If you rode the Tour in the colours of Lampre you’ve got €9,830 coming your way – but don’t get too excited, that’s to be split between nine coureurs and the staff. And if you then remember that’s for one month’s work – the shine comes of things a wee bit.
However, if you were one of Vincenzo’s hard working storm troops then you’d be splitting €539,330 with the Capo not taking his share. That’s better !
First mission was to have a good look at the chrono hardware on display. There’s a dazzling amount of tech on display from Canyon, Pinarello and the rest – it’s hard to keep up with the manufacturers’ claims and to get your mind round what’s the best solution.
Concealed front brakes, for example are a confusing one – whilst Trek’s Speed Concept conceals the mechanisms within the fork blades, which is perhaps the optimal solution, the likes of Giant and Ridley have the brakes behind the fork crown.
Le Tour de France 2014 – Stage 19; Maubourguet Pays du Val d’Adour – Bergerac, 208 km. Navardauskas Solo (0)
There’s always drama when you work le Tour. We’ve followed Tour time trials for years; roll up at the start, tell the dude which rider you’re following, they give you a windscreen sticker, marshall you into position at the appointed time and off you go.
This year, however we were notified that we had to attend a meeting on Friday evening at the Permanence after the stage if we wished to follow a rider. Fair enough – but then they changed the venue a few hours before the meet was due.
Bonjour! The Pyrenees are in the rear view mirror as we head for the start of Stage 19 and the start of the long haul north towards Paris. We were on the Tourmalet, yesterday – a beast of a mountain.
But first, Lourdes – go, see it and then leave, quickly. At the bottom of The Tourmalet sits Sainte-Marie-de-Campan where – back in the days when men were men – Eugene Christophe had to fix his own forks but the commissars still nailed him because the blacksmith’s apprentice worked the bellows at the forge.
- Le Tour de France 2014 – Stage 17; Saint-Gaudens – Saint-Lary-Soulan Pla d’Adet, 125 km. Majka Confirms
- Le Tour de France 2014 – Stage 16; Carcassonne – Bagnères-de-Luchon, 237 km
- Le Tour de France 2014 – Second Rest Day; Catching up with Jack Bauer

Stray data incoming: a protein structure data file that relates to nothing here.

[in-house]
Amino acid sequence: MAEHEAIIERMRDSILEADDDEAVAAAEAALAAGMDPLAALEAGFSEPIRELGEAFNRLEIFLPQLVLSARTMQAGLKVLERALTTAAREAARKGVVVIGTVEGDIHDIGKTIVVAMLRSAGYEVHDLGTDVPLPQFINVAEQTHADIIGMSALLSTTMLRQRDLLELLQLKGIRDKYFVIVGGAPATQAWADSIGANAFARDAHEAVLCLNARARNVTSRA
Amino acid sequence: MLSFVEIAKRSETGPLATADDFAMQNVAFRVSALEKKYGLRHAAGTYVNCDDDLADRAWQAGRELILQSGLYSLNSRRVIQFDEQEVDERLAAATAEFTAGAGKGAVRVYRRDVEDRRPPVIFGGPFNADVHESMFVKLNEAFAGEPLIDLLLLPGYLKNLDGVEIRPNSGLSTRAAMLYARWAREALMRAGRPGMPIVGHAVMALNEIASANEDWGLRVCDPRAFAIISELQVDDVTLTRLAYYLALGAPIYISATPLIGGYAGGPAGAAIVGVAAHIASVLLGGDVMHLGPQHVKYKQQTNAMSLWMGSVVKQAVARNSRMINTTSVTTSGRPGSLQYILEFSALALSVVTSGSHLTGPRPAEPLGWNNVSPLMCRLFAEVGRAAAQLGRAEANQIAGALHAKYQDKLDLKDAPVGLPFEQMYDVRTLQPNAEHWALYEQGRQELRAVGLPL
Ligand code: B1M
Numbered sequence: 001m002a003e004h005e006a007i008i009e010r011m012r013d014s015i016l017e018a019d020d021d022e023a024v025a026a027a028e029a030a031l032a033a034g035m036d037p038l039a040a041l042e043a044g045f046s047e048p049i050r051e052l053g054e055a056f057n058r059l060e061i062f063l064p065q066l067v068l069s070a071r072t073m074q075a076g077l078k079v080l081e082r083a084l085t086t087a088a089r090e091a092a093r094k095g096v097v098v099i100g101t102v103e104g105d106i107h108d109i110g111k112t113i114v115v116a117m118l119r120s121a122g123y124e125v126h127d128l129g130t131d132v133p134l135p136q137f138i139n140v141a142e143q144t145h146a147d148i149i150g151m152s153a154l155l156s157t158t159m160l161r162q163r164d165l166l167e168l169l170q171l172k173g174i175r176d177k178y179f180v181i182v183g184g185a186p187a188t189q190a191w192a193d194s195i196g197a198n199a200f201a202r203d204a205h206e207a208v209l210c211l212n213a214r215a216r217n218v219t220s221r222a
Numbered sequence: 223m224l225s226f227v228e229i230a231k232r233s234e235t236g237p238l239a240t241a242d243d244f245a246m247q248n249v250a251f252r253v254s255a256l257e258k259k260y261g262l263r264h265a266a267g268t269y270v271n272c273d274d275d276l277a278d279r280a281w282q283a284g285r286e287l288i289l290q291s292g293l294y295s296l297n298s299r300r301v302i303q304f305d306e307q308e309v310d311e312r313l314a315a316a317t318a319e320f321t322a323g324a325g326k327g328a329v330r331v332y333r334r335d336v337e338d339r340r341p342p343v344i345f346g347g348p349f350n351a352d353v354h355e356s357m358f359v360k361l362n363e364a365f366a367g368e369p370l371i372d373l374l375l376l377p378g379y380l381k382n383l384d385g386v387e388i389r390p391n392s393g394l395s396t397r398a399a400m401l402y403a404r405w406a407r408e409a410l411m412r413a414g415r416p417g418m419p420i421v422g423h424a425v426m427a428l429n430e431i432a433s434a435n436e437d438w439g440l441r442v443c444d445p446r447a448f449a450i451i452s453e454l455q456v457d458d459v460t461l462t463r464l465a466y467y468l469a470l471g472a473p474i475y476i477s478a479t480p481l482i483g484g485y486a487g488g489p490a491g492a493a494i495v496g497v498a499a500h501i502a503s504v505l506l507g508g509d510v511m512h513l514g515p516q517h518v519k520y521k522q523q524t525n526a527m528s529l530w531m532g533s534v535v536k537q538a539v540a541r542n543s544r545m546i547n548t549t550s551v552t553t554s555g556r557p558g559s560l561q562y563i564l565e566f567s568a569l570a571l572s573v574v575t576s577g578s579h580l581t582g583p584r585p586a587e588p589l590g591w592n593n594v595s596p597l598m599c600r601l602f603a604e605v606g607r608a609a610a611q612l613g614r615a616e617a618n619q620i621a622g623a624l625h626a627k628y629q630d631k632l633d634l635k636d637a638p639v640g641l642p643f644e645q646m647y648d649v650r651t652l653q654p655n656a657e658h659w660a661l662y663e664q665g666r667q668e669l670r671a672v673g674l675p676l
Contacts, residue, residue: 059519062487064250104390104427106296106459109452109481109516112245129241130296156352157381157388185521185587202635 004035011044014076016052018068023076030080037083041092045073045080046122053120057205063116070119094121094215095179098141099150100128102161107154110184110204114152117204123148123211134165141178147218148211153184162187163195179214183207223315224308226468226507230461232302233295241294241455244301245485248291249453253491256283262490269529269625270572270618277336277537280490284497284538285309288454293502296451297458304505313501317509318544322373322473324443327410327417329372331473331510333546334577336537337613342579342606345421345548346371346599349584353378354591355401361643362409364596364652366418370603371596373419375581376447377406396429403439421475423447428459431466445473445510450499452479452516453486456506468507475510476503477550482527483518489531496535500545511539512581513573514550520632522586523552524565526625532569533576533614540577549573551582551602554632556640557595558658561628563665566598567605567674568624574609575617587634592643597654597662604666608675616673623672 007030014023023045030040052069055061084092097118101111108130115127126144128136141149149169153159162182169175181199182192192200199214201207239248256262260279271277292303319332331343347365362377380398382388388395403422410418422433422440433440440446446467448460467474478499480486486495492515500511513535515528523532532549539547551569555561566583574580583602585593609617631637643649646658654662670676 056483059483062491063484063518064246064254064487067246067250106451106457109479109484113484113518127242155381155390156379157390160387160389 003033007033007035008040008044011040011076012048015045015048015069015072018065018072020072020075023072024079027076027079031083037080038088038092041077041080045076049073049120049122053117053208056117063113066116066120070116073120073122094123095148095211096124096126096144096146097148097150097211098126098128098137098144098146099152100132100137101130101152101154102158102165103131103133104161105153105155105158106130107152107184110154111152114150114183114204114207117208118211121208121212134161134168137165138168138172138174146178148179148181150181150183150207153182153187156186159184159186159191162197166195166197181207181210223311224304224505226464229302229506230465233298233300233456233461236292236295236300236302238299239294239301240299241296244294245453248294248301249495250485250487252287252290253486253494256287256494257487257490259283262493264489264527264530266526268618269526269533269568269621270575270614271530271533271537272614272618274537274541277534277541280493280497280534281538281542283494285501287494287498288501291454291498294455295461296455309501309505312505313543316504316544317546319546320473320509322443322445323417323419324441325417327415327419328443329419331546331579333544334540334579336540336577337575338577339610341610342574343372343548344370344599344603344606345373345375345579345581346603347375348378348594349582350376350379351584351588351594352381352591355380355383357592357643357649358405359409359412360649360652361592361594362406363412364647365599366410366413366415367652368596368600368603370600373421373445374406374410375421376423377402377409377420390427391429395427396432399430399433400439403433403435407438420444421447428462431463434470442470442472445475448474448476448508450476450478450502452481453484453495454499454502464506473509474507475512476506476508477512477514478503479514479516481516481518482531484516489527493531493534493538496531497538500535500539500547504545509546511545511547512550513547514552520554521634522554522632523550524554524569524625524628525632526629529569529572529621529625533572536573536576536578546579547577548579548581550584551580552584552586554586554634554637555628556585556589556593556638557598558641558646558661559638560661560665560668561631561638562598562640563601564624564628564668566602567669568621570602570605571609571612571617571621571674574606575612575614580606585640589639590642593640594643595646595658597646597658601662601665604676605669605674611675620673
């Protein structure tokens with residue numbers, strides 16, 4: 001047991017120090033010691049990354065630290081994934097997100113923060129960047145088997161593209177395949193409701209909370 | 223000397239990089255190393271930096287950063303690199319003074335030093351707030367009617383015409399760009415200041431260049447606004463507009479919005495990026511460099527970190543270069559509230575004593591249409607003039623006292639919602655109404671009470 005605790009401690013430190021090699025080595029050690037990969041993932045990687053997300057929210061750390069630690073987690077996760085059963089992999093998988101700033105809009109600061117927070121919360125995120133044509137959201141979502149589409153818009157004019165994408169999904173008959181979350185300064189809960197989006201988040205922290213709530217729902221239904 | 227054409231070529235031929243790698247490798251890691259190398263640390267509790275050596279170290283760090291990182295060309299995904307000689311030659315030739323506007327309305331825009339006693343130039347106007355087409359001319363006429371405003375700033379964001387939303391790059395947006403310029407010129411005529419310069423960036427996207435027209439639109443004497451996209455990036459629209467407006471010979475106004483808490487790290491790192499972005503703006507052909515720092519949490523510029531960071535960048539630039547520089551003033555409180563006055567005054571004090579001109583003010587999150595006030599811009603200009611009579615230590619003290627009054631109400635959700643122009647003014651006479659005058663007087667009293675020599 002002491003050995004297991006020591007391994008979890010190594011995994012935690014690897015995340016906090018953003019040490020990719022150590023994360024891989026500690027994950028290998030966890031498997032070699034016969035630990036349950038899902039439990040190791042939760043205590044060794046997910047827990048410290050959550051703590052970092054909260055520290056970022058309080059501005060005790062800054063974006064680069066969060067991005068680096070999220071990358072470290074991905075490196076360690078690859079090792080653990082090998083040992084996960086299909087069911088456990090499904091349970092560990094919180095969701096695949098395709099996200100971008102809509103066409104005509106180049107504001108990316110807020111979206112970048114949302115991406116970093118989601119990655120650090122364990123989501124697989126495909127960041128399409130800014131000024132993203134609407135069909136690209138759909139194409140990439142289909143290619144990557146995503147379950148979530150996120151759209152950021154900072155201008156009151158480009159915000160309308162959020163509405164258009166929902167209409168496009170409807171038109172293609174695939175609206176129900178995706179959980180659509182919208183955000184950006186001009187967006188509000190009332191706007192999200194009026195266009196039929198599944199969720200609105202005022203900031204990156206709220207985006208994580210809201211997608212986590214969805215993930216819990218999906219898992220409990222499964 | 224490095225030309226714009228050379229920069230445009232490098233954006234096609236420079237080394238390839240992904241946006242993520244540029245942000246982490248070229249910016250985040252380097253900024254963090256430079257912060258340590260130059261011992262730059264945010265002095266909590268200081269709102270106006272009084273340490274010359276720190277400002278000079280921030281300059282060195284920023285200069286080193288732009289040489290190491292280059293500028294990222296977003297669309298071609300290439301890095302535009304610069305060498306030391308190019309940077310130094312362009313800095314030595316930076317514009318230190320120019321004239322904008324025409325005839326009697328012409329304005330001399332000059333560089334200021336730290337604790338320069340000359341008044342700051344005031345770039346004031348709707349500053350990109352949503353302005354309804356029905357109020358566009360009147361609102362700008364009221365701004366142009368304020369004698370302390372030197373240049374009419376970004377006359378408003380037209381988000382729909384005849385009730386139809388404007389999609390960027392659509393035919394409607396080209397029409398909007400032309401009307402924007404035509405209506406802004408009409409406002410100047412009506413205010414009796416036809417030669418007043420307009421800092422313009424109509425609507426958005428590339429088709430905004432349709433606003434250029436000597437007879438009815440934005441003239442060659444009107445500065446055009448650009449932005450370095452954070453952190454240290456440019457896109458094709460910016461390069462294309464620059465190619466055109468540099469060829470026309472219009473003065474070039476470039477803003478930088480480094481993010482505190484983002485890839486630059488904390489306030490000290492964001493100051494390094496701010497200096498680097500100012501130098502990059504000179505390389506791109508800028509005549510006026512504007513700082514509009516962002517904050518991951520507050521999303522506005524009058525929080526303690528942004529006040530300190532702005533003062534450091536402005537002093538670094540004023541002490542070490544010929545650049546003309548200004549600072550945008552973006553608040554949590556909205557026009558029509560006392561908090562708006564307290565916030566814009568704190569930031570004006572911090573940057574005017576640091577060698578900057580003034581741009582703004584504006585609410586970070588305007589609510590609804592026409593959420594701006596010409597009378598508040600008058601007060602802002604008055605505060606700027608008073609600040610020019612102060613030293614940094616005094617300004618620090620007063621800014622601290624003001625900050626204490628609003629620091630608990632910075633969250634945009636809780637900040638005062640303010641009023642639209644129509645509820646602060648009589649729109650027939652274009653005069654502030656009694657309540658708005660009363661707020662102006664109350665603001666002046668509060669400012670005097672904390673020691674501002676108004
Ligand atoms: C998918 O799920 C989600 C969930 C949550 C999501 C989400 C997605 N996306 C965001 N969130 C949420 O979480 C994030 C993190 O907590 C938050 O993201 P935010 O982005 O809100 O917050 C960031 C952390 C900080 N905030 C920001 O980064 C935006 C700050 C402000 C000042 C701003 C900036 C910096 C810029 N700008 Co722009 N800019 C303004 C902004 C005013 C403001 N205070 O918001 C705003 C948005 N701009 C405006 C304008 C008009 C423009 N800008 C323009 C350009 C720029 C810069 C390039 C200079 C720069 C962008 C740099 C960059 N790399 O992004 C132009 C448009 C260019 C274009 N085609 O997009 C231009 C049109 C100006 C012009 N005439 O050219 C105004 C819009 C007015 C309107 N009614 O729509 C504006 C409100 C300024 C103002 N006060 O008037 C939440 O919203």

- Scottish 50 Mile Time Trial Championship 2014 – Silas Excels
Welcome to VeloVeritas’ coverage of the Tour de France 2014. Stage one looked like a “truce” to VV – except for that finale, of course. We give our views on Cav and a few other aspects of the 2014 “Grand Boucle” (with a bittie to Yorkshire tacked on, that is.)
You’d have to be devoid of a soul not to feel sorry for the man – even more so when he puts his hand up and says; “my fault!”. Last year he wasn’t at his best in le Tour, despite the stage wins. He’d finished a very hard Giro – aren’t they all ? – and then rode the Tour.
There can only be one winner and that was Enrico; but there were other men who were outstanding on the day.
Domenico Pozzovivo (AG2R & Italy) is looking more dangerous by the day, his team is committed and strong and he looks the least stressed of the ‘Bigs’ – and that mountain time trial must have a big red ring around it on his programme.
Het Hieuwsblad and Kuurne-Brussels-Kuurne are the first opportunities for northern European fans to check out the new hardware.
Our trawl always starts on the Friday evening at the Holiday Inn, Ghent where F des J, Cofidis and Rabobank (now Belkin) set up shop for the first ‘real’ races of the year.
The Copenhagen Six Day follows straight after Berlin; the trip isn’t fun – load the camper after the midnight finish in Berlin, drive through the night to the ferry at Rostock, sleep in the camper for an hour or two at temperatures well below zero, hop the ferry across the Baltic, then drive up through Denmark to Copenhagen through the snow and wind.
Brian is the man who won Scotland’s first cycling medal back in 1970 when the Commonwealth Games came to Edinburgh for the first time.